Douglas Markowitz
May 2020

From the redwood forests of California to the deserts of the southwest to the rolling Blue Ridge Mountains, the United States offers scenic views within wide expanses from coast to coast. There is no better way to explore the 50 states than by strapping on a pair of hiking shoes and venturing out on a trail within a national park or protected natural area. Along the way, you'll trek through rainforests and gorges, and gaze upon glaciers and meadows dotted with wildflowers. Here, seven scenic trails that showcase the country's diverse landscapes.

Cadillac North Ridge Trail
Acadia National Park, Maine
Wildflowers in the spring and stunning fall foliage make this hike on Mount Desert Island tempting, but it’s the end of the trail that makes it a must: The top of Cadillac Mountain is the first point in the continental U.S. to see the sunrise.

Credit: Getty Images

The Narrows
Zion National Park, Utah
Bring a walking stick and waterproof shoes for this mesmerizing trip through Zion Canyon’s thinnest section, where the Virgin River flows between sheer rock walls 1,000 feet high. Flash flooding is frequent, so check with park rangers before you set out.

Image courtesy of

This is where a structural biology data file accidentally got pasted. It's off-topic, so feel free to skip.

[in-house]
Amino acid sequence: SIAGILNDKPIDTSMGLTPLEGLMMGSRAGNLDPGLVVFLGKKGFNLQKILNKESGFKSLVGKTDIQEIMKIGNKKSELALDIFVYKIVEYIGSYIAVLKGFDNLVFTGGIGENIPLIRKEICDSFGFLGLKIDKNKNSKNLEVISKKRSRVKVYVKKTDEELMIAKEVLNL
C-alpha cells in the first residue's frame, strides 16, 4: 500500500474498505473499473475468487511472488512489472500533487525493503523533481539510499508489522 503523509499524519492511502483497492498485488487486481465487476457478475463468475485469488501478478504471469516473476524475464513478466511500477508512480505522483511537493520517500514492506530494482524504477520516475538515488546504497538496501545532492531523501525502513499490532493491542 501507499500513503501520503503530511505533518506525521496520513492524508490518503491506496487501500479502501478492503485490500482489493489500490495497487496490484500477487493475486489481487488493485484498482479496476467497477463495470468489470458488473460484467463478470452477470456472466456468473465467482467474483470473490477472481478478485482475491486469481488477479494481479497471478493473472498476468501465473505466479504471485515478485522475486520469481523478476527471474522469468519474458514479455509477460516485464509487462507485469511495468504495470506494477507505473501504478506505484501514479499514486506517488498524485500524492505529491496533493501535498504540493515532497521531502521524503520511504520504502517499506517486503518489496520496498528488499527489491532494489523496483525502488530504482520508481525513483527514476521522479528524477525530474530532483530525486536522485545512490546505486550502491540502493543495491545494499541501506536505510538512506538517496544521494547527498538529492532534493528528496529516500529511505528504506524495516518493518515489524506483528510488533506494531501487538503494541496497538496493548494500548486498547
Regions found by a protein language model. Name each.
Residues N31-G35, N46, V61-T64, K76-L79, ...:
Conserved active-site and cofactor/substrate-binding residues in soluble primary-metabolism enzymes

Tahoe Rim Trail
California and Nevada
This massive trail, which passes through California and Nevada as it loops around Lake Tahoe, offers unparalleled views of the lake’s azure waters and the surrounding peaks of the Sierra Nevada. Tackle it in sections or trek all 165 miles in one grand journey.

Credit: Getty Images

Cathedral Rock Trail
Sedona, Arizona
This spa town’s otherworldly red rocks make it one of the most picturesque places in the whole country. Cathedral Rock Trail offers a stunning 360-degree view of the entire area at its end, which is well worth the strenuous hike. Bring plenty of water—the Arizona sun can be merciless.

Credit: Alamy

Charlies Bunion Trail
Great Smoky Mountains National Park, Tennessee and North Carolina
This route forms part of the famed Appalachian Trail along the Tennessee–North Carolina border. Trek along it on an overcast day and you might just witness the mysterious, beautiful fog that gives this most-visited national park its name.

Glacier Gorge Trail
Rocky Mountain National Park, Colorado
The alpine landscape of the Colorado Rockies doesn’t get much more picture-perfect than this path. Glacier Gorge Trail takes hikers past beautiful Alberta Falls before it hits a junction about a mile in—here, you can continue to either Mills Lake or the Loch, but both trails lead to other stunning water features.

Lost Lake Trail
Chugach National Forest, Alaska
The list of jaw-droppingly gorgeous trails in Alaska is as long as the state is large. Still, Lost Lake Trail is notable due to its diverse environments: The trail begins in a temperate rainforest and takes hikers past turquoise lakes, followed by mountain meadows where flowers bloom in warmer weather.

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